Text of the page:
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#15962 - 02/26/04 08:58 PM Re: Egg Laying Regularity - Innate or Developed?
D. Caveny Offline
Ruler of the Roost

Registered: 07/16/02
Posts: 1102
Loc: Arizona
Speed (number of eggs in a clutch) and persistency (one clutch followed by the next with little or no pause between) are the terms used in the business. If you will read James Dryden's Egg-Laying Characteristics of the Hen, Bulletin No. 180 published August, 1921 by Oregon Agriculture College (now Oregon State University, Corvallis, Oregon) you will learn that hens around the turn of the last century hens layed from very few eggs (less than 10) to 70 or 80 eggs in a year. Dryden selected for egg numbers and utilized crossing of breeds to develop the Oregon (LadyMacDuff 303 eggs in a year) and improved production of Leghorns and Plymouth Rocks and thus founded the modern poultry breeding business. In the 1930's Goodale selected for egg size along with egg numbers and further emphased the fact that high producers produce high producers. In 1939 E.B. Parmenter discovered that by selecting hens which laid eggs prior to 10 am produced hens with 24 rather than the normal 26 hour oviposition interval. After that selected hens with 300 eggs or more per 52 weeks of production became more and more frequent. Now after approximately 60 years of selection flocks of 100,000 or more hens have a hen-housed average of 315+ eggs in 52 weeks of production. There are lots and lots of papers and books written on the subject that just require a little reading and lots of experience to apply. The other part shown in a series of papers by Hutt and Cole from Cornell is that populations which are not much inbred but selected for production will continually improve in production characteristics over time.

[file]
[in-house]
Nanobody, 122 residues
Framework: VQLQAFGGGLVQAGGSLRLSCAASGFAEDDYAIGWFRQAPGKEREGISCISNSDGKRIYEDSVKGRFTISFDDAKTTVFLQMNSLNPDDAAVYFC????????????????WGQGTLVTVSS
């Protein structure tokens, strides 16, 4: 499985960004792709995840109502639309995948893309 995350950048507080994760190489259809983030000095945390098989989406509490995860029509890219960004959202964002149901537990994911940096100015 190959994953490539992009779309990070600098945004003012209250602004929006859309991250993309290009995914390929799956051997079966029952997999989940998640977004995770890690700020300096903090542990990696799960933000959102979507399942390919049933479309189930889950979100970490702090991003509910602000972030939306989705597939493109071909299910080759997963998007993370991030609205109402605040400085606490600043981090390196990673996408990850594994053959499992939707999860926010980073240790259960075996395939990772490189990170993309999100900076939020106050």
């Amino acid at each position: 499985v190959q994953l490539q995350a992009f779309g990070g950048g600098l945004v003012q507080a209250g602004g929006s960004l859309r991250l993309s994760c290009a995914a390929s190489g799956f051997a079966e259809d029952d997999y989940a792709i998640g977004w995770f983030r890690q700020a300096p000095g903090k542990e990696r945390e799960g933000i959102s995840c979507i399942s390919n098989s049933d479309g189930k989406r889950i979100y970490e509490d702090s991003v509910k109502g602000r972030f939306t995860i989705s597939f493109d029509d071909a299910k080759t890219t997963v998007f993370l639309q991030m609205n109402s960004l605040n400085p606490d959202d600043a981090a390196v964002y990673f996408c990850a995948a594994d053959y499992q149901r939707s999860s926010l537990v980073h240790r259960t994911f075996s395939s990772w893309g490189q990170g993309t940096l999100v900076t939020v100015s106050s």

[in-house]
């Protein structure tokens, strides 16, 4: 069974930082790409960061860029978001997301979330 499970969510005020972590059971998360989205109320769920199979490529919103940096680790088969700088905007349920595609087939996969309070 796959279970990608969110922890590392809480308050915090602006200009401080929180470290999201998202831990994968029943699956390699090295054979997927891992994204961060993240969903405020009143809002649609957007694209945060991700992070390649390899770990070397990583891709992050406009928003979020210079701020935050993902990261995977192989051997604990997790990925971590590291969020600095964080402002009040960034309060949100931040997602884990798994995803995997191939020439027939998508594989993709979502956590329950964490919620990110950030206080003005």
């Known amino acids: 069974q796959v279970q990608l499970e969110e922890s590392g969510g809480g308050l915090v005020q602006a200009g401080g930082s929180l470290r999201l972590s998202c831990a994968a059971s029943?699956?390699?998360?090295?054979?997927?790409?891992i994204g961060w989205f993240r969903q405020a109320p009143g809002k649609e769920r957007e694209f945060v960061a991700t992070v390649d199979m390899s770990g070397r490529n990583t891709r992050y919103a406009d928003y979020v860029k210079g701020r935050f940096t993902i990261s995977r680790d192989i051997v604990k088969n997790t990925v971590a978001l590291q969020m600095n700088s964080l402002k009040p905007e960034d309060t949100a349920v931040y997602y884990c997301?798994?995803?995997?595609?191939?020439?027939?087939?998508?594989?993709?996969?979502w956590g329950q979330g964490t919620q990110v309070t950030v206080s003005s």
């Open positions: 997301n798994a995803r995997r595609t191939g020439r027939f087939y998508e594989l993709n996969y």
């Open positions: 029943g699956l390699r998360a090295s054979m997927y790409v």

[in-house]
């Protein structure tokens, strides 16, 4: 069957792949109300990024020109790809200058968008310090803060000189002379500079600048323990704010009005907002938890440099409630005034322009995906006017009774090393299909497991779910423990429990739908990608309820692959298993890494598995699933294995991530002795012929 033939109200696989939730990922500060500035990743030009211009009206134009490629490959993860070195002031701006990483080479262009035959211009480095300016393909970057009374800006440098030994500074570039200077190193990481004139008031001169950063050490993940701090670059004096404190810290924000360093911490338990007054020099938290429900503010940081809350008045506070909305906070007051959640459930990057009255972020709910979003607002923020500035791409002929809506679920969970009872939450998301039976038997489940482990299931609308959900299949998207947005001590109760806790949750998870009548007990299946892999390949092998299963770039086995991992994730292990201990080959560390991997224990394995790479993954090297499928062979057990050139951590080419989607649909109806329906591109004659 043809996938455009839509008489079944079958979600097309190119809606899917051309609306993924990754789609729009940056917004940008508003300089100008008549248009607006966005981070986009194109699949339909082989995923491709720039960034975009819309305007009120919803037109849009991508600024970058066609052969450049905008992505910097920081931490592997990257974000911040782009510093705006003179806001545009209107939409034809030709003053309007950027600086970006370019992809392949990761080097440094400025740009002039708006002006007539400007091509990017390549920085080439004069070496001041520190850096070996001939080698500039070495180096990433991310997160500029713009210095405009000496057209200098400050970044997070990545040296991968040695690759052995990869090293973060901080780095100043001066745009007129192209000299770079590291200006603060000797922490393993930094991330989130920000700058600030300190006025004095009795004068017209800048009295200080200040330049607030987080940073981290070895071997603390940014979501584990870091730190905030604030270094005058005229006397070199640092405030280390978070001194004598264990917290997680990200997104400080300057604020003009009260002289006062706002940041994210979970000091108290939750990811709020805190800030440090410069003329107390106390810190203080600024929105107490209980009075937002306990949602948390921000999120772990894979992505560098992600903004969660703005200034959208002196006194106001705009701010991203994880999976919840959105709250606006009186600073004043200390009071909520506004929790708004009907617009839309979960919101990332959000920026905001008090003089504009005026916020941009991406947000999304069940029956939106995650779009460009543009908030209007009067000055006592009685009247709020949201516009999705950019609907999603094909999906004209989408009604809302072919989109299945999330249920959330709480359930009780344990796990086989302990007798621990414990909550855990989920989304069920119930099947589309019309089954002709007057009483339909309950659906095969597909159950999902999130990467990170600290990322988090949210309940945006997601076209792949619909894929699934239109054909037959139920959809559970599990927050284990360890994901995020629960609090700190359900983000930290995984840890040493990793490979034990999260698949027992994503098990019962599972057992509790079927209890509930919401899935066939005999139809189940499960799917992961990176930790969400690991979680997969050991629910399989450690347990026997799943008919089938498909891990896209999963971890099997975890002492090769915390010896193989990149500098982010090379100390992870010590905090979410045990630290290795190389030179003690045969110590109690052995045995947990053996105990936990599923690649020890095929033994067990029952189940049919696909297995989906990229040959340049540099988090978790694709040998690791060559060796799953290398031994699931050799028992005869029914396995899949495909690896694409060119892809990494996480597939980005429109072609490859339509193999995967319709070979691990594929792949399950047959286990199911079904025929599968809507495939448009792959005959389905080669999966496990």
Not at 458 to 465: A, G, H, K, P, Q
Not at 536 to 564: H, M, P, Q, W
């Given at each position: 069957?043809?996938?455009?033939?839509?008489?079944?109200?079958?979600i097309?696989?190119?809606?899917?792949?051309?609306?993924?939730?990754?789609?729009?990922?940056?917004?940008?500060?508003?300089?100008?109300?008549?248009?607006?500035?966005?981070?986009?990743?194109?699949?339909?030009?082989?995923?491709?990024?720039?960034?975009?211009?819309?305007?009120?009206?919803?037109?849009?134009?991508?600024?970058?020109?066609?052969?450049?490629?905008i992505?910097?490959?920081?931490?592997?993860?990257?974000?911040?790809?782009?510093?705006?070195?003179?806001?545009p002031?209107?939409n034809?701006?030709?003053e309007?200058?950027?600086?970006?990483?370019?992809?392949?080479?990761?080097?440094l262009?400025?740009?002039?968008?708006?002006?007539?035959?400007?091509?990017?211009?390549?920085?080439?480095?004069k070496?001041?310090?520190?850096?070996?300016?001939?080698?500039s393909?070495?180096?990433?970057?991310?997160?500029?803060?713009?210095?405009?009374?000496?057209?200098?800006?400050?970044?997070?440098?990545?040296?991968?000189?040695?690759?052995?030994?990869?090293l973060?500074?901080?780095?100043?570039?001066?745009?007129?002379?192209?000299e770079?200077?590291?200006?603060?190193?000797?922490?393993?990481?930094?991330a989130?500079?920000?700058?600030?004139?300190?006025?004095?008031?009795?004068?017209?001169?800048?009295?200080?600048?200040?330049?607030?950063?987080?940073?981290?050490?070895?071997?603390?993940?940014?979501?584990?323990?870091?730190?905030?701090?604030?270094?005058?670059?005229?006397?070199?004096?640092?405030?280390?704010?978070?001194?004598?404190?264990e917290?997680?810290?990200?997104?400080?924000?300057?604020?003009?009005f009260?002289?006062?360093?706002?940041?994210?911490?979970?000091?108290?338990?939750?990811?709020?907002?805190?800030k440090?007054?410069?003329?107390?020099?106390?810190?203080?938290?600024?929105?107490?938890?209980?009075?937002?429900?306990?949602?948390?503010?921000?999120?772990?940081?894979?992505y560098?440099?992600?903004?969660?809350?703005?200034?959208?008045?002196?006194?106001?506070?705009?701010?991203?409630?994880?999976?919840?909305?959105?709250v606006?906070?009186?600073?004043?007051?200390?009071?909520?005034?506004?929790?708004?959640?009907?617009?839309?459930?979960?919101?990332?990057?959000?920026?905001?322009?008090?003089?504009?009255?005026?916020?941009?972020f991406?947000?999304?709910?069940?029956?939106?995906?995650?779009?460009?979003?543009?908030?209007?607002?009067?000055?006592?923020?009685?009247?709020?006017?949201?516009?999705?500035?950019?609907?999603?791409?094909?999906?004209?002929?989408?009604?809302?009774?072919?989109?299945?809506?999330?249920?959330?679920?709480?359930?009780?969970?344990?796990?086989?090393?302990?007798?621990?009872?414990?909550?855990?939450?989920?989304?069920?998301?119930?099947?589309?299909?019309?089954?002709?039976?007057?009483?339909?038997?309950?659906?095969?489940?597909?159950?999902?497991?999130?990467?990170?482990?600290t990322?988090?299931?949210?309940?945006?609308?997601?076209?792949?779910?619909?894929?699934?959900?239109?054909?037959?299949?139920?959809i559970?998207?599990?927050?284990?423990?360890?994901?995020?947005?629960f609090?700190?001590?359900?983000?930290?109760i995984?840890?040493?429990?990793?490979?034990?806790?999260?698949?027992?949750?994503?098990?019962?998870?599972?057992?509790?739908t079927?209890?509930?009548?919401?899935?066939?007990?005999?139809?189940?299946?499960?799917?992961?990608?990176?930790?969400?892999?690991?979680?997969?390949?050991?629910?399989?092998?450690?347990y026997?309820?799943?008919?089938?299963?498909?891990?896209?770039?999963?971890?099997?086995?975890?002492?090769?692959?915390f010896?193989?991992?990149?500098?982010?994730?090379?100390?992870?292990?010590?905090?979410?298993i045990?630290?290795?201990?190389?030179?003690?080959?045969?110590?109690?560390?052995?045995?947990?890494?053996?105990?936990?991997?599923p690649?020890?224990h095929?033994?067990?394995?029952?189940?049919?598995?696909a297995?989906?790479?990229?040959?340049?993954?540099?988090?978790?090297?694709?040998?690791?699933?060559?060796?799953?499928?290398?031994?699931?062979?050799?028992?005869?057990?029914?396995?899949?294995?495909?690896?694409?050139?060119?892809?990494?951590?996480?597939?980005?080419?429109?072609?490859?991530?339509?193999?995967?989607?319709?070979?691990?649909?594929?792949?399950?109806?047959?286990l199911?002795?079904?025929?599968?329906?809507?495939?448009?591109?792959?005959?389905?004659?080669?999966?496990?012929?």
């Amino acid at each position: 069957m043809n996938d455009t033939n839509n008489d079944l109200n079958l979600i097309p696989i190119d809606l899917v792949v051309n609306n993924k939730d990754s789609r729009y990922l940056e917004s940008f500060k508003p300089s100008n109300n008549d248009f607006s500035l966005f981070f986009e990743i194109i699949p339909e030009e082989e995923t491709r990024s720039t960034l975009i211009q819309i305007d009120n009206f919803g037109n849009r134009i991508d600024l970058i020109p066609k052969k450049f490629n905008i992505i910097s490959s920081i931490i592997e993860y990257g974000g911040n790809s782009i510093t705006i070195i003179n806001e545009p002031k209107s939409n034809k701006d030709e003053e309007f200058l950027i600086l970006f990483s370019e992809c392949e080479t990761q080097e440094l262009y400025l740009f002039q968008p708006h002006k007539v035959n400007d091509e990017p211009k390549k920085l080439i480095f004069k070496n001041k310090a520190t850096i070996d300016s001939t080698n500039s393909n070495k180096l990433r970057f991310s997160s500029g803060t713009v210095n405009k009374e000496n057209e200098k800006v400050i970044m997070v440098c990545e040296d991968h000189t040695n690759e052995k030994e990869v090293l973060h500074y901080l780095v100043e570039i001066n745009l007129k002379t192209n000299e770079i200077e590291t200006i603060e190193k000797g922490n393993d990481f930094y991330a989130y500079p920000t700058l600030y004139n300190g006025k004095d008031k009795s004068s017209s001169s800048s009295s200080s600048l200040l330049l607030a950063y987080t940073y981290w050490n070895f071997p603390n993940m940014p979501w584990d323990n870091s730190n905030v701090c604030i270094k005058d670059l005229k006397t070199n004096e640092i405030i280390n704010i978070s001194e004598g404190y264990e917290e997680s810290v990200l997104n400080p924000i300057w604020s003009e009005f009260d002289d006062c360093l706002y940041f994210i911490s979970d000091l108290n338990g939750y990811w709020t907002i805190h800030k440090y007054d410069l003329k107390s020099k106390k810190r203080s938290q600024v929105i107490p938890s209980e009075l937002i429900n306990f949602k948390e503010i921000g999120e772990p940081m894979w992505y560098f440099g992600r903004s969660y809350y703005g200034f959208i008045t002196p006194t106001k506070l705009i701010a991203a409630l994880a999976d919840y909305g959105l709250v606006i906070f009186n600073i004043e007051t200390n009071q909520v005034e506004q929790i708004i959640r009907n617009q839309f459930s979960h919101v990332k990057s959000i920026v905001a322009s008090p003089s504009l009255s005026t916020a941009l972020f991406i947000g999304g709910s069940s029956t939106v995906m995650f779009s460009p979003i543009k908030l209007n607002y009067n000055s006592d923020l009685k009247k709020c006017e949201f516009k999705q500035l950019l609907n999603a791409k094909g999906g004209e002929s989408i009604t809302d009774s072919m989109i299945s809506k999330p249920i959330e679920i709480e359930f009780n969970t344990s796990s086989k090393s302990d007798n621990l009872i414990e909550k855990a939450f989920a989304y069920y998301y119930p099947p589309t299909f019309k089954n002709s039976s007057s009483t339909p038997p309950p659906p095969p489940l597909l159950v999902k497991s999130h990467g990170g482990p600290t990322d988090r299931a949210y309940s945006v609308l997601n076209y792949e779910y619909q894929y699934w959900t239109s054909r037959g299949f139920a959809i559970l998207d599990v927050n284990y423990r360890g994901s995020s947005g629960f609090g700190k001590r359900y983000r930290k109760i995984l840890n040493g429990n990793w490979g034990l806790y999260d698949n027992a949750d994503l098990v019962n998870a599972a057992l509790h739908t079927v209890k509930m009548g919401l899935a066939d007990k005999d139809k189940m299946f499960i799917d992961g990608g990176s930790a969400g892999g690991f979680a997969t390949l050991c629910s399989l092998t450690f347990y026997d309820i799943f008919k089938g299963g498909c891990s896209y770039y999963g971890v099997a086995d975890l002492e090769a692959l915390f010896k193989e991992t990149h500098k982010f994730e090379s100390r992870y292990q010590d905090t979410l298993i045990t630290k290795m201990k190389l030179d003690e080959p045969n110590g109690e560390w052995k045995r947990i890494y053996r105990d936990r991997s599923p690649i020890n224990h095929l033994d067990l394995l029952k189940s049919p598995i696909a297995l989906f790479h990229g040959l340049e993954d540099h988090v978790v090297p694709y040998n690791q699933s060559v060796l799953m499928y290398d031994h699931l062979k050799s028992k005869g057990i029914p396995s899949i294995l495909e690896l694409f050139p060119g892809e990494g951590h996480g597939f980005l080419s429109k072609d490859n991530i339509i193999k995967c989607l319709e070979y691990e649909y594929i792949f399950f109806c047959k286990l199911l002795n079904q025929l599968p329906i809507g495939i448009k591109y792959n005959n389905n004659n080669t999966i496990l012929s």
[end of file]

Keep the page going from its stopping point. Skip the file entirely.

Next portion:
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#15963 - 02/27/04 07:42 AM Re: Egg Laying Regularity - Innate or Developed?
R. Okimoto Offline
Lord of the Fowl

Registered: 07/18/02
Posts: 1498
Loc: Arkansas
From what breeders have been able to accomplish in just a few decades it is apparent that a lot of genetic variation for better egg production was already in the chicken population. They just selected the birds that expressed the traits that they wanted.

There are a lot of theory papers on how many new mutations to expect, and extended selection in closed lines likely relies on these new mutations appearing and being selected for, but the bulk of the advance is probably due to genetic variation that chickens had 1400 years ago, and I'd expect that a few fortunate guys back then had some prized birds that they selected. That is how Leghorns and other layer breeds were developed.